ABOUT A BOY

Not everyone can say this, but I loved high school. It was a place where I made many new friends and had lots of new opportunities. I liked my teachers, liked most of my classes and loved all the after school activities that were typical for a high school. I got involved with many clubs and student government and doing that just allowed me to make more friends. But my experience in the theatre department was the most satisfying and the most fun.

In my senior year, we did MY FAIR LADY and I was cast as Mrs. Higgins—the mother of Professor Henry Higgins. Higgins was played by G, and it was his biggest role so far. He and I had known each other all through high school and were good school friends. We were not best friends and we really did not see each other outside of school, but we clicked in school. We had lots of laughs in each of the shows we did and MY FAIR LADY was going to be our last show before graduation. It was a big hit and was loads of fun.

I was also on the decorating committee for the senior prom. Our job was to transform the gym into the theme of “Knights In White Satin”. I worked for hours with colored tissue paper and heard friends talking about going the prom. I personally never thought of going, but the more I worked on it, the more I wanted to go. I viewed it as this big party and not so much a night for couples. One night I was talking to G on the phone and the prom came up. I said that it would be much better to go with someone who was a friend where there were no other expectations or pressures. Knowing how subtle that was NOT, G said that if there was anyone he would go with, it would be me. But, he said, I just cannot do it. I cannot be someone that I am not, and going to the prom would be really weird for me. I did not push this idea further and it turned out that I went to the prom with someone else and had a great time.

G and I were two of the three graduation speakers. I remember that his speech was filled with his dry humor and mine was pretty serious. That was the last time I saw him….that graduation night. I don’t remember what he told me his plans were or if he had any. He was very bright and funny, and I assumed he went to college, but now I don’t know. I went away to school and then moved from California to Massachusetts. I never even heard a thing about him until one day I heard from my mother that G’s obituary was in the local paper, this was the early 1980’s.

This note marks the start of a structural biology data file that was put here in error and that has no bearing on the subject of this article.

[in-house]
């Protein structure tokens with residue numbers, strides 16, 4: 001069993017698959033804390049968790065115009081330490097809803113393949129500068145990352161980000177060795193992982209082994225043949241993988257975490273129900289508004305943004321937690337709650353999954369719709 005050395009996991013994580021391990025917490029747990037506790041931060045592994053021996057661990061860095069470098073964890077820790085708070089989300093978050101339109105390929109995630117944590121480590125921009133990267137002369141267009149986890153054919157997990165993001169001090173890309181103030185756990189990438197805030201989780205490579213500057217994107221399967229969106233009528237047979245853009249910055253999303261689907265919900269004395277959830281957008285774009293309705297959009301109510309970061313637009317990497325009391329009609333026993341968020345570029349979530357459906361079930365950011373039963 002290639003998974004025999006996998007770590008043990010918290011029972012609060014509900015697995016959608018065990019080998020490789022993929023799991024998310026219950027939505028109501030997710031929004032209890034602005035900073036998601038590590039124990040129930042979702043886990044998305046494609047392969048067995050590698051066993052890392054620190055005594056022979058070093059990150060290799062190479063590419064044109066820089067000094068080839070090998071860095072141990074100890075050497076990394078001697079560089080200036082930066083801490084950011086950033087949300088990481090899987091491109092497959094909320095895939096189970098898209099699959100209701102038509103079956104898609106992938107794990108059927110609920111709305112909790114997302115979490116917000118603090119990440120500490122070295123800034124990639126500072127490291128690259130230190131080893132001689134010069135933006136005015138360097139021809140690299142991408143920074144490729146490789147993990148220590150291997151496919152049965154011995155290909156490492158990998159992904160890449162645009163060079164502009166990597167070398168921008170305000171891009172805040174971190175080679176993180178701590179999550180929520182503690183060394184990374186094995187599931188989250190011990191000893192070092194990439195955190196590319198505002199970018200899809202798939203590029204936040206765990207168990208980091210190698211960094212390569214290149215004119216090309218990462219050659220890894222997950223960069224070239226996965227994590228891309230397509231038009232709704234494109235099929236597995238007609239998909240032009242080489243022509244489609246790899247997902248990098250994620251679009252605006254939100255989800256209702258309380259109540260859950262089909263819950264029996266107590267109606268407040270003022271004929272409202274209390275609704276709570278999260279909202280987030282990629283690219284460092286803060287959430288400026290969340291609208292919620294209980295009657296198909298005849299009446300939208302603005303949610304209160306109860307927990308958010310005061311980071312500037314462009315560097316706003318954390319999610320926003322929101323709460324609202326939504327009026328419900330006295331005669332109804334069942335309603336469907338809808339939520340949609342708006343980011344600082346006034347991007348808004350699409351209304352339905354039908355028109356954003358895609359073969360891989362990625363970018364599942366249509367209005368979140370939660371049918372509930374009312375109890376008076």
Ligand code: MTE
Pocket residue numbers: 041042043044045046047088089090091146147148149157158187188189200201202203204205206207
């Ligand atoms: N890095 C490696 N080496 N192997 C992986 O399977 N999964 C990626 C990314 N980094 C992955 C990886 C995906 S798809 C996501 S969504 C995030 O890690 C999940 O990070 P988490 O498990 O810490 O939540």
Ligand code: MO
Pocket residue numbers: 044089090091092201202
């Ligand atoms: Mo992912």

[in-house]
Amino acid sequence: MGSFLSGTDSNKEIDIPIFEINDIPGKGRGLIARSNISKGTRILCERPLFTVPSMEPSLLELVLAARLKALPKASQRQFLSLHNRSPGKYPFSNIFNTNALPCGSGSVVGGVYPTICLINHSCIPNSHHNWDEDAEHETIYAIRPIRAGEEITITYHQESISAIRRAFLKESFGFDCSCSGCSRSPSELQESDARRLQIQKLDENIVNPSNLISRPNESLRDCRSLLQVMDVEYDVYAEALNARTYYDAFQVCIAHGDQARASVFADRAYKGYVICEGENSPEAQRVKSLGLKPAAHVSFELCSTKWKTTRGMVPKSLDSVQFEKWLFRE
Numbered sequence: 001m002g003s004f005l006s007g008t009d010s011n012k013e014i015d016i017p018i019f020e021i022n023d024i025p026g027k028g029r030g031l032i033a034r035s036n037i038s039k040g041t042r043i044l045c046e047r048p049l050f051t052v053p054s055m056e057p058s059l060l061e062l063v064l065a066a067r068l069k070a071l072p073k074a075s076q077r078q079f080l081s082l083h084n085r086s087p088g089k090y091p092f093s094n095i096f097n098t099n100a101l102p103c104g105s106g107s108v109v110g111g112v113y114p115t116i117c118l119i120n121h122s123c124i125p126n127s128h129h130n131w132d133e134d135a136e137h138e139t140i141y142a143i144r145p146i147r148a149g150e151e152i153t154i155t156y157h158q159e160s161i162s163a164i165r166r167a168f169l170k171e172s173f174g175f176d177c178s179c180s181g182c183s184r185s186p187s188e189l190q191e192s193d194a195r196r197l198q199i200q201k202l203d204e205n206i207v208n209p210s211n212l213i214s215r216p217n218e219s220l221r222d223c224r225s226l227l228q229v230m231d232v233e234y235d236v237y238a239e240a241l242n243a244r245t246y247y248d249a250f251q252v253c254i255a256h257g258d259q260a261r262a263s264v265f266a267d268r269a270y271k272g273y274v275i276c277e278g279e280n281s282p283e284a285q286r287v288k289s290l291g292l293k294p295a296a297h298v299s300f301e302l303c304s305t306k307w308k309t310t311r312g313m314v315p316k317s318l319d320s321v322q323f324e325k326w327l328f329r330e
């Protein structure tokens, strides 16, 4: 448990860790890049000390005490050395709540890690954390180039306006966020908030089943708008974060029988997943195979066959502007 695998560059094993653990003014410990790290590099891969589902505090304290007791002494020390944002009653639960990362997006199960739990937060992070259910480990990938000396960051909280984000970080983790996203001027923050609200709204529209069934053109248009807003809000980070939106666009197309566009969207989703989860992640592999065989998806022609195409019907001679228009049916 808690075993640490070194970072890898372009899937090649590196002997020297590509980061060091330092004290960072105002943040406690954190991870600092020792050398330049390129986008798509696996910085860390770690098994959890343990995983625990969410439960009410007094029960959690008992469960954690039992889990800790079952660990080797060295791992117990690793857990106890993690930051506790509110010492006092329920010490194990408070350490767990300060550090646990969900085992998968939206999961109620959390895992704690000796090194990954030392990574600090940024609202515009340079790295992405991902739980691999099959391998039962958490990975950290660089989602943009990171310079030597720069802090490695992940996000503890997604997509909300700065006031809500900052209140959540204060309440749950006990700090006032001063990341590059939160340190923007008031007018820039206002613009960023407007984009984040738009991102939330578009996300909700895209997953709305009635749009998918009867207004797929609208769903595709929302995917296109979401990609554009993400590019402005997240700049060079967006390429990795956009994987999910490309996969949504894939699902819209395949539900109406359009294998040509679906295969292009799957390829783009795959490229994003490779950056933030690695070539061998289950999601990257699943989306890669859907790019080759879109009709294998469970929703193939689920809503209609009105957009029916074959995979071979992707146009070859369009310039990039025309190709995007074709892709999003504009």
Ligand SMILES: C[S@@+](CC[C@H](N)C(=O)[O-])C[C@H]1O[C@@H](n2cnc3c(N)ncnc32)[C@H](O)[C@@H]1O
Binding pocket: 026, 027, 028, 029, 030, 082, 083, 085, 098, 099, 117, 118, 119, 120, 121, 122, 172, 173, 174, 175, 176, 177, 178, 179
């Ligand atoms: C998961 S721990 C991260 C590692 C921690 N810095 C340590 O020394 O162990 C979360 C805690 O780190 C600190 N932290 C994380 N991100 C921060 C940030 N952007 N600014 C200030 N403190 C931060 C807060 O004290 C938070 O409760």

G died of AIDS. He was an activist for HIV and AIDS and apparently he had continued to live in the same town. There are so many things that I don’t know about his life or his death. I am writing about him because I just saw the film DALLAS BUYERS CLUB and I thought of the friends that I had lost to AIDS and G was the first. The film is based on a true story about one man who had AIDS and who fought the medical community and government to get the medications he needed to live.

My memories of G are of him wearing his costume and looking so handsome while singing on stage. Of him making me laugh in class or of him standing up in front of hundreds of people to say goodbye to high school. I do not know what pain he went through in the years to come. I do not know how he was treated by his neighbors or friends. But to know that he was fighting to help people makes me know that his heart was still the same. He was a boy when I knew him, just a teenager. I never knew him as a grown man facing the biggest battle of his life.

One final memory…in our junior year, G and I were in FIDDLER ON THE ROOF. In the wedding scene, he and I danced together. Between us, we had four left feet, but we giggled and never gave up. Whenever we finished rehearsing that scene, we would stand there and just grin. We knew we looked silly, but we didn’t care. Less than ten years later, he was gone.

Recommended reading: THE GOLDEN EGG by Donna Leon. How I love this mystery series!

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Comments

  • krunn7  On January 15, 2014 at 8:03 pm

    What a poignant story. When Rock Hudson died my cousin said, “I predict that within 10 years we will all know someone who died of AIDS.” It startled me at the time living in a small northern Canadian hamlet but it turned out to be true.

  • LadyGregory  On January 15, 2014 at 9:26 pm

    This story is an excellent memorial to G. From your description of that time and place, I somehow got a wonderful mental picture of both of you, back then.

  • Sandra  On January 16, 2014 at 1:31 am

    Thanks for this dear story. Good to honor high school and G and you.

  • Leslie  On January 16, 2014 at 1:51 pm

    Beautiful remembrance Jane. When we think of all the people who have touched our lives we realize how amazing the journey has been. But we do need to take the time to remember. Your memories of G will enrich your life.

  • Shers Gallagher  On January 16, 2014 at 3:25 pm

    Interesting you mentioning this because I just finished watching a two part BBC documentary on AIDS by Stephen Fry, who commented about many thinking of this is as a disease spelling out homosexuality when really anyone with a promiscuous lifestyle is at risk. It does make one think, especially those of us coming out of the ‘sex, drugs and rock’n’roll’ era who’ve dodged a bullet. Good blog, Jane, but such sad news about your childhood friend.

  • janeduttonutrecht  On January 16, 2014 at 3:48 pm

    Shers, this is a great film by Stephen Fry. It was very disturbing and ridiculous, some of the comments that were made. It still is amazing that we are still talking about AIDS after all these years.

    • Buck  On January 1, 2015 at 3:36 pm

      Great aritcle, thank you again for writing.

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